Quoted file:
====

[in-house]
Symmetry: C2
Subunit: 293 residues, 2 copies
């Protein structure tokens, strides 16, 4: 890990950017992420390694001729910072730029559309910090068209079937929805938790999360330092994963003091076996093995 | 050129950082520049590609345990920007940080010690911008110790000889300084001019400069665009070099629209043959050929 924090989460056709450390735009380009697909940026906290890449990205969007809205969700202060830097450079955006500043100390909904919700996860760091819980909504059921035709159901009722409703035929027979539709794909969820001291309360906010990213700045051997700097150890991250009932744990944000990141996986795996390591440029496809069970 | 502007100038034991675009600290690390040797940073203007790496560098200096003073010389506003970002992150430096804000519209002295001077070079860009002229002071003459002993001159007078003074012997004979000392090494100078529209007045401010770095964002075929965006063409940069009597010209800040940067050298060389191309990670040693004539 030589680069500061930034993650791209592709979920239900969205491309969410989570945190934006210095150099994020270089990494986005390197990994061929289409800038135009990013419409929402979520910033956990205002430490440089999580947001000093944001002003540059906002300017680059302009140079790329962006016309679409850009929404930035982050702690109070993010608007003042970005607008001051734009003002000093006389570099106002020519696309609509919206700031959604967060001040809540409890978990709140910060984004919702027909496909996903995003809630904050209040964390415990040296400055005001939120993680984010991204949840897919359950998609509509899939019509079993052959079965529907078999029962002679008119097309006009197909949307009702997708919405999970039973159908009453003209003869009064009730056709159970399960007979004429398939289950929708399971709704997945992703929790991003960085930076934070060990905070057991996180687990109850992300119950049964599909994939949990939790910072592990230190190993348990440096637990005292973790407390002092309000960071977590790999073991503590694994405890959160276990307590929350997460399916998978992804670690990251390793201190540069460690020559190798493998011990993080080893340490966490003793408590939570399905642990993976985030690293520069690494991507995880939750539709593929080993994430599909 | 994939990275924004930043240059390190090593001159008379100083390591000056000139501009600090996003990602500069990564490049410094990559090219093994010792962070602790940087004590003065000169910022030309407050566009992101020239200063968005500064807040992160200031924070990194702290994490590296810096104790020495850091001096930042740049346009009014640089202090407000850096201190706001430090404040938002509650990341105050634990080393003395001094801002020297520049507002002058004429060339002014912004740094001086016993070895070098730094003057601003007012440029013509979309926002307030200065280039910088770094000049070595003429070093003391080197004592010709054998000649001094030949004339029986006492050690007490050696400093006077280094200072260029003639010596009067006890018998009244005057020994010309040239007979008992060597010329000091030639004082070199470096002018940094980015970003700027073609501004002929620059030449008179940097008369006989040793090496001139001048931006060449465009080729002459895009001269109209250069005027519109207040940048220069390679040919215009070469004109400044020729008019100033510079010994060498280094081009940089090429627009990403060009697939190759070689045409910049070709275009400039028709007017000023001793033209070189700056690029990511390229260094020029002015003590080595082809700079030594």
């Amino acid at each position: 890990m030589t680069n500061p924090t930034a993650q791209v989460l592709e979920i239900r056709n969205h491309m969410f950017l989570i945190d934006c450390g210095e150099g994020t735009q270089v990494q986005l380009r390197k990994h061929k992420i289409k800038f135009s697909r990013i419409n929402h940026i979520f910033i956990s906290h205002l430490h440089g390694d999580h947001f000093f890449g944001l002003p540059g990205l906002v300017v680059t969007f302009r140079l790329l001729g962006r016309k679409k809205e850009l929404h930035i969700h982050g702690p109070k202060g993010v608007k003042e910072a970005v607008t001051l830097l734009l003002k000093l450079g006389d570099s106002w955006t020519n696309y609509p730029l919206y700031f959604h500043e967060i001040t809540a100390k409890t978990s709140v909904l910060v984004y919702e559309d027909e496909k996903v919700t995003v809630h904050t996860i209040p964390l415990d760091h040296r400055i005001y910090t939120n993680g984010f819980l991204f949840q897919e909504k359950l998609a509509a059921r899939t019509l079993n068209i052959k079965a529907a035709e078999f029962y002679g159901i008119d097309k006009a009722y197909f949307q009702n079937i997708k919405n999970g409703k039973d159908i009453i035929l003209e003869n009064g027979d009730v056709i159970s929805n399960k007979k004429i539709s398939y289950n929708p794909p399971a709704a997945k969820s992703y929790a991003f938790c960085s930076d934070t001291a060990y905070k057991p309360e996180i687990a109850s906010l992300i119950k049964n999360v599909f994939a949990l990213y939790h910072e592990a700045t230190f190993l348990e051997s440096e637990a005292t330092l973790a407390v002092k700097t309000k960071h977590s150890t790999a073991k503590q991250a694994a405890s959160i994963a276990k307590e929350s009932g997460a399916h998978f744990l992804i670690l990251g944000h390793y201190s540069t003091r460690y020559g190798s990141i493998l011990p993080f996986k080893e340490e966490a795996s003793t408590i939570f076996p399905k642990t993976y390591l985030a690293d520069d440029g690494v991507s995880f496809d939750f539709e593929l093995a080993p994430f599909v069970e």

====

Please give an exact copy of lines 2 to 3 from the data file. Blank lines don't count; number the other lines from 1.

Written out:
Symmetry: C2
Subunit: 293 residues, 2 copies